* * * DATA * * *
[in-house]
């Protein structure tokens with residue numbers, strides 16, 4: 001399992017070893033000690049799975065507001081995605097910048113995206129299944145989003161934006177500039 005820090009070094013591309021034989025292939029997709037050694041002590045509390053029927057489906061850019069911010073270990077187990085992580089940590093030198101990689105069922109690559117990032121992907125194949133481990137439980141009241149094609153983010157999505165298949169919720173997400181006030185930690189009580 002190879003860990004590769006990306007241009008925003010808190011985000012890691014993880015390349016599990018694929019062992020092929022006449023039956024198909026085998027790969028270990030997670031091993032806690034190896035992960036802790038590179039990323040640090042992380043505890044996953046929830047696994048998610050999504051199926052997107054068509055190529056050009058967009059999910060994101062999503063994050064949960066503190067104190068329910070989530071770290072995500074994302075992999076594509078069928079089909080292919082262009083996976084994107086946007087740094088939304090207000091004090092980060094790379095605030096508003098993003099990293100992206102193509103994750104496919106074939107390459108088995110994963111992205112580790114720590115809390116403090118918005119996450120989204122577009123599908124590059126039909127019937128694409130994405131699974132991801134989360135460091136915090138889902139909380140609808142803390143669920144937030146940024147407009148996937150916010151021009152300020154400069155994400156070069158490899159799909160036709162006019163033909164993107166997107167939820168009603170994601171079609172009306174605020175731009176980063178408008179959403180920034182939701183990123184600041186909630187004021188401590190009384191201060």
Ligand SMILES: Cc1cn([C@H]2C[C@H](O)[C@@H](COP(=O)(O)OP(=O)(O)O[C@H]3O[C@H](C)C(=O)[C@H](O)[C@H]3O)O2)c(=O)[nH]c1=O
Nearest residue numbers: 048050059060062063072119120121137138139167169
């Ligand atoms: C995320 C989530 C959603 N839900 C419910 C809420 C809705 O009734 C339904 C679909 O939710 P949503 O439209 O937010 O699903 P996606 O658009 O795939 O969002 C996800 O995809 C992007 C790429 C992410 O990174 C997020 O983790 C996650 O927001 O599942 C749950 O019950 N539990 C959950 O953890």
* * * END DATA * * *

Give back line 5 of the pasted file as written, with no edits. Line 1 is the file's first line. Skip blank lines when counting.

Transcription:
């Ligand atoms: C995320 C989530 C959603 N839900 C419910 C809420 C809705 O009734 C339904 C679909 O939710 P949503 O439209 O937010 O699903 P996606 O658009 O795939 O969002 C996800 O995809 C992007 C790429 C992410 O990174 C997020 O983790 C996650 O927001 O599942 C749950 O019950 N539990 C959950 O953890």